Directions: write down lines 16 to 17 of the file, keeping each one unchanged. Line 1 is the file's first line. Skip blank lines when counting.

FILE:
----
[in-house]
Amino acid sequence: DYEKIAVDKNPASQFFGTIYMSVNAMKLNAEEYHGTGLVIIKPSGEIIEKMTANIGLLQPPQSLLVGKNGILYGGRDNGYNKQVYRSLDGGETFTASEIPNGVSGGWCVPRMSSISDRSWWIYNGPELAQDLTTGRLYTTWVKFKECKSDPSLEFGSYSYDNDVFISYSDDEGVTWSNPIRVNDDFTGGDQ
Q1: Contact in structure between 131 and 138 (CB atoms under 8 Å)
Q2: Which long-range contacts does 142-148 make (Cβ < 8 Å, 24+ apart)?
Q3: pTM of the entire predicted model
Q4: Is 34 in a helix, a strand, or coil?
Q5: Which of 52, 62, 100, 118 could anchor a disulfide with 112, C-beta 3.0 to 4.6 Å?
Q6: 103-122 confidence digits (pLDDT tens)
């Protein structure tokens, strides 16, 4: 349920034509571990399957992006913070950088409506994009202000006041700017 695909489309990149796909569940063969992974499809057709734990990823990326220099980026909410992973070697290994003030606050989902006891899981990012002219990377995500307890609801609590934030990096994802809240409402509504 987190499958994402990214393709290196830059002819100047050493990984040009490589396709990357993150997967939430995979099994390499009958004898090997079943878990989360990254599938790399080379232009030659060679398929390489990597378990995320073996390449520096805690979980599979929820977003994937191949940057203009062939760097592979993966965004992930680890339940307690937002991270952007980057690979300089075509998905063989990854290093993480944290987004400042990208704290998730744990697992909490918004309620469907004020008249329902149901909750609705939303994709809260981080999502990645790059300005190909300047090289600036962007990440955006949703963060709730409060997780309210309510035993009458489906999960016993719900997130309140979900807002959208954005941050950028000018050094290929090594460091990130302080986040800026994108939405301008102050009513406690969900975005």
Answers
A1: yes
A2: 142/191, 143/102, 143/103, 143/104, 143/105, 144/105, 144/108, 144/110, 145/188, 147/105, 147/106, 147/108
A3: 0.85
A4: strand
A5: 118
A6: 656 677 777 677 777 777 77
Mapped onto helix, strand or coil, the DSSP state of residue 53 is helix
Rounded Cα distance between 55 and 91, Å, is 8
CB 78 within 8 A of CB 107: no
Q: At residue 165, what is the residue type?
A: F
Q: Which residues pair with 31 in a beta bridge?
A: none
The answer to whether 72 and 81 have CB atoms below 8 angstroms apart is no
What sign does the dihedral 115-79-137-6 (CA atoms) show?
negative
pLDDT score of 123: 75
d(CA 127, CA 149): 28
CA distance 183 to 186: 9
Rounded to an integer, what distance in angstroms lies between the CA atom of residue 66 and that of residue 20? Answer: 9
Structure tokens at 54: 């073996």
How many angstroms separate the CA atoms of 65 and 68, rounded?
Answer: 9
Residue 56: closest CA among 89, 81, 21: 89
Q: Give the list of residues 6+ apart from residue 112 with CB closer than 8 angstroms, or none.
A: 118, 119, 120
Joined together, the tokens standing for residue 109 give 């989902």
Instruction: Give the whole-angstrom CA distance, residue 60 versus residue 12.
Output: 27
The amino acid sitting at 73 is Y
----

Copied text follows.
A6: 656 677 777 677 777 777 77
Mapped onto helix, strand or coil, the DSSP state of residue 53 is helix